Quilt "Quilt" (Mexican Summer, 2011)
I’ve gotten rather tired of asking myself why reviewers need to connect some artificial dots and timeline, suggesting that new psych bands are nothing more than indy infused versions of psychedelia that was heard years ago, when they could just as easily sit back and spend a splendid evening of hypnotic romance presented in a fresh and intoxicating manner that’s evolved, more accomplished, and so futuristic that it does sound retro.
Having said this, The Jefferson Airplane certainly embarked on a surrealistic adventure back in the mid 60’s, laying some quality groundwork that’s impossible to deny or push aside, leaving Quit to charter new territory by stitching together a sound that comes across as homemade, newly discovered, rich, filled with harmonies, a collective sensibility, and an intimacy that’s lacking in so much of today's music. No, this is not “White Rabbit” or “California Dreamin’” ... no, these songs are not meant as full volume counterculture anthems to shout down the establishment ... these songs are subversive, whispers filtering up through the floorboards to quietly remind you that your independence is still at risk, that the expansion of the consciousness is still a noble virtue, and that a delicate hand will certainly lead you home, with the understanding that all things are possible.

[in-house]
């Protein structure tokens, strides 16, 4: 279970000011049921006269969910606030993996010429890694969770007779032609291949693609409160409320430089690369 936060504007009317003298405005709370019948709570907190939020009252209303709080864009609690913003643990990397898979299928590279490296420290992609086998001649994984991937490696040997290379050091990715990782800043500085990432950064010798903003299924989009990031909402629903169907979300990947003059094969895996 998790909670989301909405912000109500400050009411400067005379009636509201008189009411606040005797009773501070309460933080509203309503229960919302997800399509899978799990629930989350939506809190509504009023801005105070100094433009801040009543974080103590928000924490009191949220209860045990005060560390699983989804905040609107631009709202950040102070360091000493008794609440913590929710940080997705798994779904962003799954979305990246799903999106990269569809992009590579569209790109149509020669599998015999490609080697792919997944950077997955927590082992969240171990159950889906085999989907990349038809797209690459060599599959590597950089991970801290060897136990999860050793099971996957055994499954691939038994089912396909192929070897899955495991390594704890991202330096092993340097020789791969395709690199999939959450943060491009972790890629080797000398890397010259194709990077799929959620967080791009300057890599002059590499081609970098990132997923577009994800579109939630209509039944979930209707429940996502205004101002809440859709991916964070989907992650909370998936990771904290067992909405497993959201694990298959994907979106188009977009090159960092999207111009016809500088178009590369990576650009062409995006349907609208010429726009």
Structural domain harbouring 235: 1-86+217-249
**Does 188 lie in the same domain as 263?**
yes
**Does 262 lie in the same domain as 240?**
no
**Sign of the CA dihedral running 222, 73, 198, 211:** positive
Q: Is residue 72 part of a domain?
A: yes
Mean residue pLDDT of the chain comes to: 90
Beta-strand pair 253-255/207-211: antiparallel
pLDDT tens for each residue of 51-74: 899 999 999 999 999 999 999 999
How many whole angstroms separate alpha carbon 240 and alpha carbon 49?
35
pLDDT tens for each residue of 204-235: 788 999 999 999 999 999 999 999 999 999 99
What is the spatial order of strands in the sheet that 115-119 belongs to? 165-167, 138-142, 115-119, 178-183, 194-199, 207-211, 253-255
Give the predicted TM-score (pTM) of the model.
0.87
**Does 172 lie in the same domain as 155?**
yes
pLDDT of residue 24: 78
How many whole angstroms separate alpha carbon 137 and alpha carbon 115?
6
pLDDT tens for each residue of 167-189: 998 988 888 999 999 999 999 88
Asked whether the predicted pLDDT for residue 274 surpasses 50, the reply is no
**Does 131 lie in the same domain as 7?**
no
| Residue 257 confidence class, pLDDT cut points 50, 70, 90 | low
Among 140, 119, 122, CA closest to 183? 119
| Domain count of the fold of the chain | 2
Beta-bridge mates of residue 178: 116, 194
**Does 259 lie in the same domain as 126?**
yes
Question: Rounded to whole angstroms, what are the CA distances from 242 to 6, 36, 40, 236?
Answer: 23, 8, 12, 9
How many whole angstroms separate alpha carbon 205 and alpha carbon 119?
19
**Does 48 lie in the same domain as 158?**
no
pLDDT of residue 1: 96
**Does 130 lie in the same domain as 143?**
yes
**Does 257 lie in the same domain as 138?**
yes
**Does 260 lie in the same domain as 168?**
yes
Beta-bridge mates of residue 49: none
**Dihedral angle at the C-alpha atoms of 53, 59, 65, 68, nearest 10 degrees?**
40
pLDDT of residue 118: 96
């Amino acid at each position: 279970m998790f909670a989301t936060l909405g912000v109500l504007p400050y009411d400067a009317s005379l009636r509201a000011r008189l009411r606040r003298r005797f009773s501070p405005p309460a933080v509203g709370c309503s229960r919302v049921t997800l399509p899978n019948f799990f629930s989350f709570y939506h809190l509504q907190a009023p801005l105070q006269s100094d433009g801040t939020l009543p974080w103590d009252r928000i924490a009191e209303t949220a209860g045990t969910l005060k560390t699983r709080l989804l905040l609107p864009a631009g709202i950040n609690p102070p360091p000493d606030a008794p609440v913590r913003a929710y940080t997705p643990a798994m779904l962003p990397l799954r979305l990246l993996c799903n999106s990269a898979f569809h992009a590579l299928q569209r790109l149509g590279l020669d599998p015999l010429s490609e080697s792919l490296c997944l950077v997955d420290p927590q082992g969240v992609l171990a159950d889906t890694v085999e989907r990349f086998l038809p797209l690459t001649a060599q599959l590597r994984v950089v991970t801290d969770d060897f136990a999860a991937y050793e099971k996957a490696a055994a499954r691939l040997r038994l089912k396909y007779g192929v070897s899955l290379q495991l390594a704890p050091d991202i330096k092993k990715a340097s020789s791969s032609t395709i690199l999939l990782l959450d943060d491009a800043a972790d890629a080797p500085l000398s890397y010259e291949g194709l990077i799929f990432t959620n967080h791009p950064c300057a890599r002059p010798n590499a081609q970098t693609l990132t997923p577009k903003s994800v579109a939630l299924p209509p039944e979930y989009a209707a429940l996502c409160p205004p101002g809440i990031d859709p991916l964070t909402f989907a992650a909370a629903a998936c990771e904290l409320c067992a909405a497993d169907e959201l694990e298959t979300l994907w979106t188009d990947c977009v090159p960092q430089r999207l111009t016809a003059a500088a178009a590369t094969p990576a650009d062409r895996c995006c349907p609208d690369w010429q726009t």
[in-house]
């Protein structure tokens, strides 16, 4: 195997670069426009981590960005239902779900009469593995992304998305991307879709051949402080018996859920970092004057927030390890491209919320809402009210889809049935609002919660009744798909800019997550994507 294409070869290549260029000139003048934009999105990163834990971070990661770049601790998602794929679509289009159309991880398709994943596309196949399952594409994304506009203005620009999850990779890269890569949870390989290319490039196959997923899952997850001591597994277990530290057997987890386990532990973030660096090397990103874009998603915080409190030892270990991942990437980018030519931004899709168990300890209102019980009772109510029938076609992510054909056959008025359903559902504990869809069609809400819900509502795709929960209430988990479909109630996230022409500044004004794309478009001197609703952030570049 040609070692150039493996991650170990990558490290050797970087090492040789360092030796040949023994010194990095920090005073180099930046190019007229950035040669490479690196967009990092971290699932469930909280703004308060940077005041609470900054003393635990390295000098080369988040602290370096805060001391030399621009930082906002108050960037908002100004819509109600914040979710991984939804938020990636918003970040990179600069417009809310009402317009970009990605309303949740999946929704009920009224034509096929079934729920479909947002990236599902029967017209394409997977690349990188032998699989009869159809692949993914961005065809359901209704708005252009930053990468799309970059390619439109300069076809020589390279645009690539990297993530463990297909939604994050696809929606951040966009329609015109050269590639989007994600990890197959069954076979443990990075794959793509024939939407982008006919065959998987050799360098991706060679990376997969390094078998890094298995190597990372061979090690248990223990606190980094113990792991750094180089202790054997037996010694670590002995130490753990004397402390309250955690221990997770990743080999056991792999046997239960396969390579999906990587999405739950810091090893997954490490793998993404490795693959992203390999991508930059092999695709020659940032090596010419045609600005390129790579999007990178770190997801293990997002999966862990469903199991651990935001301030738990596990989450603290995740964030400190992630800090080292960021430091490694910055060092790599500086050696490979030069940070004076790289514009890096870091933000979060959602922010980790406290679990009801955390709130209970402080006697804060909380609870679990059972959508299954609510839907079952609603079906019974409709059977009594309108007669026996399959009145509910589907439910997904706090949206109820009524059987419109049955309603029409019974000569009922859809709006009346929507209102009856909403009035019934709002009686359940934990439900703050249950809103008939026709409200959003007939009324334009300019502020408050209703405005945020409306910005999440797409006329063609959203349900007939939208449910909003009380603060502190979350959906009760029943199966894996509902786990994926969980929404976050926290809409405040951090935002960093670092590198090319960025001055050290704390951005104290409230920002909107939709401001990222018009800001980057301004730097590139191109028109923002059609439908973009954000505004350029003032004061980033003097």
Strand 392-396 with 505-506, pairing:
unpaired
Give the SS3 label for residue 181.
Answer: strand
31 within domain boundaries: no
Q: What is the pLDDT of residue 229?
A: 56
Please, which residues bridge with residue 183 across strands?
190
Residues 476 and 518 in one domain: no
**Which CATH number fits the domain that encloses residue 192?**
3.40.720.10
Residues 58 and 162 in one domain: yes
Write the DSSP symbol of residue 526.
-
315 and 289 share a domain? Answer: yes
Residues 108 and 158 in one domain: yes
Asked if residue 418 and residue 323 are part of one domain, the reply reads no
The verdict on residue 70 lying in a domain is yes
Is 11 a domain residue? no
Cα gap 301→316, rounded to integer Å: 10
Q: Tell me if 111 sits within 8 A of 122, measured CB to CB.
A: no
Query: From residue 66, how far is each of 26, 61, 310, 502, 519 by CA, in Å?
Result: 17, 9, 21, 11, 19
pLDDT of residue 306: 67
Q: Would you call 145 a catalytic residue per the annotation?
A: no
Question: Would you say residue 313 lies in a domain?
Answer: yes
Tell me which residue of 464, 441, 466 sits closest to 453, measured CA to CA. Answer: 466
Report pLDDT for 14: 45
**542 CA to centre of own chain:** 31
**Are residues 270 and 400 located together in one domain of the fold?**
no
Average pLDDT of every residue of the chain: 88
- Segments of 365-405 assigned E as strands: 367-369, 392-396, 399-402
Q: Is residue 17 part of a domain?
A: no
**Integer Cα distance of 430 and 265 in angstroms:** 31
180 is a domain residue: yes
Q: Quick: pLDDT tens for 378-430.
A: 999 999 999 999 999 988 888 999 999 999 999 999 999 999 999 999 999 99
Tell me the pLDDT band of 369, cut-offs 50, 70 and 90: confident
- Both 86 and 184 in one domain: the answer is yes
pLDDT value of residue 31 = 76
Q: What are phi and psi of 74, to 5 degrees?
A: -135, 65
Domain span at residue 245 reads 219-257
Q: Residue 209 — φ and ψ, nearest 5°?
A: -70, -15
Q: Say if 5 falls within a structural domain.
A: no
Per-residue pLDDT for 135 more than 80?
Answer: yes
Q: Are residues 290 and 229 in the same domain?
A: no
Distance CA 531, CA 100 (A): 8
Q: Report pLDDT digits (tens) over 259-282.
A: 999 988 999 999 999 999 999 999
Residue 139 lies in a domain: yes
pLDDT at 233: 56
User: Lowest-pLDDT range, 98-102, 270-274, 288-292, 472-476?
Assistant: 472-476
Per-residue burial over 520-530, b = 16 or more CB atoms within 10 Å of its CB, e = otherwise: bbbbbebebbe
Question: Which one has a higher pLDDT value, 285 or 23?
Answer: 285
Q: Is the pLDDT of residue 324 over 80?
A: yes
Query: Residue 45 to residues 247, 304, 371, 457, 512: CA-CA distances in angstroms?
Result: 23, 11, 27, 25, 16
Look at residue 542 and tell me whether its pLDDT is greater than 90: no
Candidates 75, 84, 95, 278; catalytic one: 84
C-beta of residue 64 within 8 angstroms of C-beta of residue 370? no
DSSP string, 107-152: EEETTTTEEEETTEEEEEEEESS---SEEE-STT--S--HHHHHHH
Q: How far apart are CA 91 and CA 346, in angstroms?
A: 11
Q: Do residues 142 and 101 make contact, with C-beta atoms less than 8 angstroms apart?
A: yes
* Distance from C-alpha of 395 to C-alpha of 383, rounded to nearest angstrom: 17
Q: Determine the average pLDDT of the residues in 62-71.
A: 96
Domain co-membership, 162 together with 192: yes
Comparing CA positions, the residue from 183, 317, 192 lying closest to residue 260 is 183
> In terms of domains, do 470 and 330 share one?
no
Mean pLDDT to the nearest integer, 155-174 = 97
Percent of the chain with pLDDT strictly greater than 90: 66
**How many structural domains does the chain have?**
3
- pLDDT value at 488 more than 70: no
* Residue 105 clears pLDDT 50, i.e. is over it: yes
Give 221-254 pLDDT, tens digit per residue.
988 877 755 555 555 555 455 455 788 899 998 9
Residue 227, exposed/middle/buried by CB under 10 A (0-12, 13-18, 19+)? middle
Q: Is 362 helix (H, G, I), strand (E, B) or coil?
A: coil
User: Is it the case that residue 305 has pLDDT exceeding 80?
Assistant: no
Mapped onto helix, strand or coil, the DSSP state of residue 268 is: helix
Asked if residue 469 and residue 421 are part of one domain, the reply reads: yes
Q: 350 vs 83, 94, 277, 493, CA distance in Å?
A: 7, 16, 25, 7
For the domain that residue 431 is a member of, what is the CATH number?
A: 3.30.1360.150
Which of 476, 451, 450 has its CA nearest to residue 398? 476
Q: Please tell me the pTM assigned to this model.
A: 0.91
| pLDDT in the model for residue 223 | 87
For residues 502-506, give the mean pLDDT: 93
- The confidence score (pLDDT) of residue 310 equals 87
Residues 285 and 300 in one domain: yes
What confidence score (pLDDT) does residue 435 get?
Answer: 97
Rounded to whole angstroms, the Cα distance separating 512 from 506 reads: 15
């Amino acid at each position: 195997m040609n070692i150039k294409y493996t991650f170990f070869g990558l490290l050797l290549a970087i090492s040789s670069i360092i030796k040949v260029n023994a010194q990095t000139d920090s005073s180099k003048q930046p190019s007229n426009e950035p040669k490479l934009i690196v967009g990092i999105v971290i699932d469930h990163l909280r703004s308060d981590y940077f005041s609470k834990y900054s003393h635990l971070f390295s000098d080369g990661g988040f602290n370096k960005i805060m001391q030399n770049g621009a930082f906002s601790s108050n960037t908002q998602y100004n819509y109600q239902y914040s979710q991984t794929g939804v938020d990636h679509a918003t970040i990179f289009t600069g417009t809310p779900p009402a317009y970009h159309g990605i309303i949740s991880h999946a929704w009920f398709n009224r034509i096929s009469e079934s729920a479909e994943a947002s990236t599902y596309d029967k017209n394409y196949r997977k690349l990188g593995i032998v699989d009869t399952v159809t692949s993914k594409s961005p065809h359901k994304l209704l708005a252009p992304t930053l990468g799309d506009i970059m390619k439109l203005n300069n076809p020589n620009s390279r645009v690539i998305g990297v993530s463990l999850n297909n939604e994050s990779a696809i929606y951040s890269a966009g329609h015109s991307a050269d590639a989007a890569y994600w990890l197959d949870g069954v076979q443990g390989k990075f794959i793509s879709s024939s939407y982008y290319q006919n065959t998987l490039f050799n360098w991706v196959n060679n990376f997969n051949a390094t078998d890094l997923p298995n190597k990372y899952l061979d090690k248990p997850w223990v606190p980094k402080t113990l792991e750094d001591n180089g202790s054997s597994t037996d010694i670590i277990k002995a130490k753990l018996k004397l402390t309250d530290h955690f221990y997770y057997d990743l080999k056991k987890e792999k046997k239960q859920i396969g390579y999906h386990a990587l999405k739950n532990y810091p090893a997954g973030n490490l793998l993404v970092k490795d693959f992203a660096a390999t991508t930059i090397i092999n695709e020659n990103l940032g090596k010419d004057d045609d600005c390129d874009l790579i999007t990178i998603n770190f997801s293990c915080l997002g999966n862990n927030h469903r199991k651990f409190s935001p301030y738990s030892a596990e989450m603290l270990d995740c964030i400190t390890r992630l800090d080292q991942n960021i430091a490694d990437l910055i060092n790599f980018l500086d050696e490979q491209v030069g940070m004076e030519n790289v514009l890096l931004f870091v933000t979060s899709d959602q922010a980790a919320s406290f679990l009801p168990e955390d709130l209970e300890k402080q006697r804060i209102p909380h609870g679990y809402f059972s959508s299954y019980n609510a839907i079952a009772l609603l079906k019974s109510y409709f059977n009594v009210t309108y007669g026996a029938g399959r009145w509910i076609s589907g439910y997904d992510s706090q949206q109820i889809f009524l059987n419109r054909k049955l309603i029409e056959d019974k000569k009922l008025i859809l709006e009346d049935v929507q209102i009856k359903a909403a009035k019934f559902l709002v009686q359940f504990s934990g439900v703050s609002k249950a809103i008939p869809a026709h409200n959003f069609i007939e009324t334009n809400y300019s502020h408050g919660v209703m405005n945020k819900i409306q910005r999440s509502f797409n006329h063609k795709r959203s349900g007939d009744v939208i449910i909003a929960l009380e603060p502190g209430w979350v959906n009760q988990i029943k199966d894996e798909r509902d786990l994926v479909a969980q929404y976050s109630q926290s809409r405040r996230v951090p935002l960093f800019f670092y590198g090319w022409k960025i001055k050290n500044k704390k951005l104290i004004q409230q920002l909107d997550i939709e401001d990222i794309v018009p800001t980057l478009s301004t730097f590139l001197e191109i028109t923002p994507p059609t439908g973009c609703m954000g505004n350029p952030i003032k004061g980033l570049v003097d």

Quilt weave their songs with purpose, delighting in the fact that a track such as “Cowboys In The Void” will spin your head around, as if you’d just gotten an unexpected kiss in a manner that curled your toes. These are gifted songs, every bit as gifted and unexpected as The Grateful Dead’s “Box Of Rain,” and certainly worthy of long exhales spaced out in the ether.
Review made by Jenell Kesler/2014
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